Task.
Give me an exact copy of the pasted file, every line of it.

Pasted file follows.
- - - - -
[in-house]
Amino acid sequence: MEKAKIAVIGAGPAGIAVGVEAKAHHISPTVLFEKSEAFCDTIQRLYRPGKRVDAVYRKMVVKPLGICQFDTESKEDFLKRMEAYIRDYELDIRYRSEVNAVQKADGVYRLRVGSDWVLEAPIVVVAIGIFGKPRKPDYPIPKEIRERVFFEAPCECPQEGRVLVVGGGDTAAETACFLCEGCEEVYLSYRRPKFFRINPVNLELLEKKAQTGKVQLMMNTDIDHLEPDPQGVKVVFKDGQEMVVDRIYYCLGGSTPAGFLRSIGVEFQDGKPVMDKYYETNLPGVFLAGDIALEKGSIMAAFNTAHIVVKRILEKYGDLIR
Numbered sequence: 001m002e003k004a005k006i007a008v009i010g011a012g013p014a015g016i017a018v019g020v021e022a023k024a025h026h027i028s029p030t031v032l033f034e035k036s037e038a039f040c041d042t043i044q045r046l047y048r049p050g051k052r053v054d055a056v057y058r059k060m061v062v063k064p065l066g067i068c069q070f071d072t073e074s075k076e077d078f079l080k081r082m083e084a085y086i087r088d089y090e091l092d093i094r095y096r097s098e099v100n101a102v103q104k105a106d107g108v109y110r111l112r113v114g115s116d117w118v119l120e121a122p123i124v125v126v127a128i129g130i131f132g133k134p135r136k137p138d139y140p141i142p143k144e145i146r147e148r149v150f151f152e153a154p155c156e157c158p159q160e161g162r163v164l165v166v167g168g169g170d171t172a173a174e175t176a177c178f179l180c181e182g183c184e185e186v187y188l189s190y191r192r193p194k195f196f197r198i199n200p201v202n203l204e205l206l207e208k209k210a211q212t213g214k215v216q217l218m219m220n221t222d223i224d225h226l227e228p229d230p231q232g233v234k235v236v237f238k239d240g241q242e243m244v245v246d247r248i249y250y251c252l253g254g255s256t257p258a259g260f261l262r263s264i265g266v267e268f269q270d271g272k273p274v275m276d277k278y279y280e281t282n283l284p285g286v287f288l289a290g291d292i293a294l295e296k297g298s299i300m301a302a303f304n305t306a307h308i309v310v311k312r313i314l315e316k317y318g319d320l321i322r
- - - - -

[in-house]
Amino acid sequence: MEKAKIAVIGAGPAGIAVGVEAKAHHISPTVLFEKSEAFCDTIQRLYRPGKRVDAVYRKMVVKPLGICQFDTESKEDFLKRMEAYIRDYELDIRYRSEVNAVQKADGVYRLRVGSDWVLEAPIVVVAIGIFGKPRKPDYPIPKEIRERVFFEAPCECPQEGRVLVVGGGDTAAETACFLCEGCEEVYLSYRRPKFFRINPVNLELLEKKAQTGKVQLMMNTDIDHLEPDPQGVKVVFKDGQEMVVDRIYYCLGGSTPAGFLRSIGVEFQDGKPVMDKYYETNLPGVFLAGDIALEKGSIMAAFNTAHIVVKRILEKYGDLIR
Numbered sequence: 001m002e003k004a005k006i007a008v009i010g011a012g013p014a015g016i017a018v019g020v021e022a023k024a025h026h027i028s029p030t031v032l033f034e035k036s037e038a039f040c041d042t043i044q045r046l047y048r049p050g051k052r053v054d055a056v057y058r059k060m061v062v063k064p065l066g067i068c069q070f071d072t073e074s075k076e077d078f079l080k081r082m083e084a085y086i087r088d089y090e091l092d093i094r095y096r097s098e099v100n101a102v103q104k105a106d107g108v109y110r111l112r113v114g115s116d117w118v119l120e121a122p123i124v125v126v127a128i129g130i131f132g133k134p135r136k137p138d139y140p141i142p143k144e145i146r147e148r149v150f151f152e153a154p155c156e157c158p159q160e161g162r163v164l165v166v167g168g169g170d171t172a173a174e175t176a177c178f179l180c181e182g183c184e185e186v187y188l189s190y191r192r193p194k195f196f197r198i199n200p201v202n203l204e205l206l207e208k209k210a211q212t213g214k215v216q217l218m219m220n221t222d223i224d225h226l227e228p229d230p231q232g233v234k235v236v237f238k239d240g241q242e243m244v245v246d247r248i249y250y251c252l253g254g255s256t257p258a259g260f261l262r263s264i265g266v267e268f269q270d271g272k273p274v275m276d277k278y279y280e281t282n283l284p285g286v287f288l289a290g291d292i293a294l295e296k297g298s299i300m301a302a303f304n305t306a307h308i309v310v311k312r313i314l315e316k317y318g319d320l321i322r